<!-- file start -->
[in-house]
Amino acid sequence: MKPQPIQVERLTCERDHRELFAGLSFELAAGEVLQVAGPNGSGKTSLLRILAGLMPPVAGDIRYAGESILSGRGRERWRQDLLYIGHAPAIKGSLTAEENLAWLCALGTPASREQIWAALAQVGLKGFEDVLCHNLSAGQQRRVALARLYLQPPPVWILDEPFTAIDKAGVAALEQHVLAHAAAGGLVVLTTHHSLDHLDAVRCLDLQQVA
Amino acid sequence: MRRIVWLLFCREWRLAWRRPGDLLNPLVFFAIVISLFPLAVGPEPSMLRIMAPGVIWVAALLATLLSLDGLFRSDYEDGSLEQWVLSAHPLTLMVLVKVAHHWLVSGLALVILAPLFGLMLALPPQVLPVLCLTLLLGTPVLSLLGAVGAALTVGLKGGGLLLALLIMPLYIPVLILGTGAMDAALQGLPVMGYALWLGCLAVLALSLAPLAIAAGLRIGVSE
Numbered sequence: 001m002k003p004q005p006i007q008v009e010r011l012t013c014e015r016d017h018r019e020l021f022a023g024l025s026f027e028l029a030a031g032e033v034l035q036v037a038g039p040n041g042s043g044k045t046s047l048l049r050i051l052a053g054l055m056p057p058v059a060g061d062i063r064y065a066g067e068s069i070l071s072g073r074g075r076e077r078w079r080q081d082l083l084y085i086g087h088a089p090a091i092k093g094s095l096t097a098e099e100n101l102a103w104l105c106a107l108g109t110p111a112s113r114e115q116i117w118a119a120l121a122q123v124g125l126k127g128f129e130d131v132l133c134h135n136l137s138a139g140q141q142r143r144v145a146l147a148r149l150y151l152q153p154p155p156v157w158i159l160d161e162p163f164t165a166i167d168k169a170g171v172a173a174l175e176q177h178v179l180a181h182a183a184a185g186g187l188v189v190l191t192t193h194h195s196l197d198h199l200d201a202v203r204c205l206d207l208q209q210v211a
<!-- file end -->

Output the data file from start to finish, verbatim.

[in-house]
Amino acid sequence: MKPQPIQVERLTCERDHRELFAGLSFELAAGEVLQVAGPNGSGKTSLLRILAGLMPPVAGDIRYAGESILSGRGRERWRQDLLYIGHAPAIKGSLTAEENLAWLCALGTPASREQIWAALAQVGLKGFEDVLCHNLSAGQQRRVALARLYLQPPPVWILDEPFTAIDKAGVAALEQHVLAHAAAGGLVVLTTHHSLDHLDAVRCLDLQQVA
Amino acid sequence: MRRIVWLLFCREWRLAWRRPGDLLNPLVFFAIVISLFPLAVGPEPSMLRIMAPGVIWVAALLATLLSLDGLFRSDYEDGSLEQWVLSAHPLTLMVLVKVAHHWLVSGLALVILAPLFGLMLALPPQVLPVLCLTLLLGTPVLSLLGAVGAALTVGLKGGGLLLALLIMPLYIPVLILGTGAMDAALQGLPVMGYALWLGCLAVLALSLAPLAIAAGLRIGVSE
Numbered sequence: 001m002k003p004q005p006i007q008v009e010r011l012t013c014e015r016d017h018r019e020l021f022a023g024l025s026f027e028l029a030a031g032e033v034l035q036v037a038g039p040n041g042s043g044k045t046s047l048l049r050i051l052a053g054l055m056p057p058v059a060g061d062i063r064y065a066g067e068s069i070l071s072g073r074g075r076e077r078w079r080q081d082l083l084y085i086g087h088a089p090a091i092k093g094s095l096t097a098e099e100n101l102a103w104l105c106a107l108g109t110p111a112s113r114e115q116i117w118a119a120l121a122q123v124g125l126k127g128f129e130d131v132l133c134h135n136l137s138a139g140q141q142r143r144v145a146l147a148r149l150y151l152q153p154p155p156v157w158i159l160d161e162p163f164t165a166i167d168k169a170g171v172a173a174l175e176q177h178v179l180a181h182a183a184a185g186g187l188v189v190l191t192t193h194h195s196l197d198h199l200d201a202v203r204c205l206d207l208q209q210v211a